1492 eBook

Mary Johnston
This eBook from the Gutenberg Project consists of approximately 304 pages of information about 1492.

Now we came to a long southward running tongue of Trinidad.  Point Arenal, he named it.  A corresponding tongue of that low Holy Island reached out toward it, and between the two flowed an azure strait.  Here, off Point Arenal, the three ships rested at anchor, and now there came to us from Holy Island a big canoe, filled with Indians.  As they came near the Esperanza we saw that they were somewhat lighter in hue than those Indians to whom we were used.  Moreover they wore bright-colored loin cloths, and twists of white or colored cotton about their heads, like slight turbans, and they carried not only bows and arrows to which we were used, but round bucklers to which we were not used.  They looked at us in amazement, but they were ready for war.

We invited them with every gesture of amity, holding out glass beads and hawk bells, but they would not come close to us.  As they hung upon the blue water out of the shadow of the ship, the Admiral would have our musicians begin loudly to play.  But when the drums began, the fife and the castanets, the canoe started, quivered, the paddlers dipped, it raced back to that shore whence it came, that shore that we thought island.

“Lighter than Haytiens!” exclaimed the Admiral.  “I have thought that as we neared the Equator we should find them black!”

Afterwards he expanded upon this.  “Jayme Ferrer thinks as I think, that the nearer we come to the Equator the more precious grow all things, the more gold, the more diamonds, rubies and emeralds, the more prodigal and delicious the spices!  The people are burnt black, but they grow gentler and more wise, and under the line they are makers of white magic.  I have not told you, Juan Lepe, but I hold that now we begin to come to where our Mother Earth herself climbs, and climbs auspiciously!”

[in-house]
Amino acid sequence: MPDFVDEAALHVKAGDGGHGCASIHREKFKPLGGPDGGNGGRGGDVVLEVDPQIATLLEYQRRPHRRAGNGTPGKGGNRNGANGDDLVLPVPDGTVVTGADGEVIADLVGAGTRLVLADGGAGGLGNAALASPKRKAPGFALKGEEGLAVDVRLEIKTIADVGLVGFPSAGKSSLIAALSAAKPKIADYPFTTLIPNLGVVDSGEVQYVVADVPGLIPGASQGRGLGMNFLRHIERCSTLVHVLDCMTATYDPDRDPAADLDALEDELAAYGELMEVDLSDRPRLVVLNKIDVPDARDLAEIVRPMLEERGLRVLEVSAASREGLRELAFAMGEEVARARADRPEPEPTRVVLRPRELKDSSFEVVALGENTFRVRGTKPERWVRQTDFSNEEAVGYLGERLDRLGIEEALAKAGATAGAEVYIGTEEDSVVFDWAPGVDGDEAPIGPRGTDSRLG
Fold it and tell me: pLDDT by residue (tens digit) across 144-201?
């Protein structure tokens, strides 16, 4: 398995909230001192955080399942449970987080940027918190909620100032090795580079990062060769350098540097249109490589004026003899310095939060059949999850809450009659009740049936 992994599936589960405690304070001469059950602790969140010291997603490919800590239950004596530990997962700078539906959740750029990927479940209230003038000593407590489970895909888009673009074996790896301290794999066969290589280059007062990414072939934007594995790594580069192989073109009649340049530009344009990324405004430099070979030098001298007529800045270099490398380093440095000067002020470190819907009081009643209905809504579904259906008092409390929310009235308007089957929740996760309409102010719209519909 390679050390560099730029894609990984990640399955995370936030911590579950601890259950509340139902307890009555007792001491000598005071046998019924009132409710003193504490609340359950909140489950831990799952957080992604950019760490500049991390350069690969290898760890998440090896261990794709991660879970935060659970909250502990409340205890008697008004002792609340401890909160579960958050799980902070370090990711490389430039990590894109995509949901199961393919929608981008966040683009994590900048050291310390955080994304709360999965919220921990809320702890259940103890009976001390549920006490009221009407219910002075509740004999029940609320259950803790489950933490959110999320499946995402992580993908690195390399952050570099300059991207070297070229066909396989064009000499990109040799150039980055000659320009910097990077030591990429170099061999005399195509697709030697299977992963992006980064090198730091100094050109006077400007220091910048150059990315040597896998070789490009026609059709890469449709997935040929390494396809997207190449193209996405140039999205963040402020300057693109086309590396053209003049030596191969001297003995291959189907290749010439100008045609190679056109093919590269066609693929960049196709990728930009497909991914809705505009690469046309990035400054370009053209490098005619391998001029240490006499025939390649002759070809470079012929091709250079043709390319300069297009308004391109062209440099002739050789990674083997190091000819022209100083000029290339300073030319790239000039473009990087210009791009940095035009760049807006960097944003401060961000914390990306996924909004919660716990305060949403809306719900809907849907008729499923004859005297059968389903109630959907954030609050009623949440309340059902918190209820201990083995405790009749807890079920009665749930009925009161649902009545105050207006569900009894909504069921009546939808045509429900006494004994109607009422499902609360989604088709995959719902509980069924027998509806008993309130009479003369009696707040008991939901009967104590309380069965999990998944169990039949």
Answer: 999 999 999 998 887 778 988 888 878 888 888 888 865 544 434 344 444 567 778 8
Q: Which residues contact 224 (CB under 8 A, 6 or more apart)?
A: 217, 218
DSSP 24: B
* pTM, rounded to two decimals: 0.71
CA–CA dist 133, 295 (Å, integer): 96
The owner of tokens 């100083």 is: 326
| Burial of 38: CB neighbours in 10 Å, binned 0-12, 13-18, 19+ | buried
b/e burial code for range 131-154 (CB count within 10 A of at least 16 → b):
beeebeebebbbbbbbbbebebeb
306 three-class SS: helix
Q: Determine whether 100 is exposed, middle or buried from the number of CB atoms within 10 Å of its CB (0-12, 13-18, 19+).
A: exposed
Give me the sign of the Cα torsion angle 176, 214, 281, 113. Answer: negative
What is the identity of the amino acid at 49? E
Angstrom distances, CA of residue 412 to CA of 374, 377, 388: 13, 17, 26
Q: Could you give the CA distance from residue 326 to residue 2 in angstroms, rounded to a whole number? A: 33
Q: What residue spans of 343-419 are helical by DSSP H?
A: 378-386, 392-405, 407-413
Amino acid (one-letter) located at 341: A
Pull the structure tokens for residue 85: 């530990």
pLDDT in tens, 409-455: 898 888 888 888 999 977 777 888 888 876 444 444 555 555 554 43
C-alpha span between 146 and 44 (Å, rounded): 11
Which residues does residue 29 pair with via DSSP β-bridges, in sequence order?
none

“That we come to great mountains?”

“No, not that, though there may be great mountains.  But I have thought it out, and now I hold that the earth is not an orb, but is shaped, as it were, like a pear.  It would take an hour to give you all the reasons that decide me!  But I hold that from hereabouts it mounts fairer and fairer, until under the line, about where would be the stem of the pear, we come to the ancient Earthly Paradise, the old Garden of Eden!”

I looked to the southward.  Certainly there is nowhere where there is not something!

He gazed over the truly azure and beauteous sea, and the air blew soft and cool upon our foreheads, and the fragrance which came to us from land seemed new.  “Would you not look for the halcyons?  Trinidad!  Holy Island!  We approach, I hold, the Holy Mountain of the World.  And hark to me, Juan Lepe, make vow that if it be permitted I will found there an abbey whence shall arise perpetual orison for the souls of our first parents!”

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Project Gutenberg
1492 from Project Gutenberg. Public domain.
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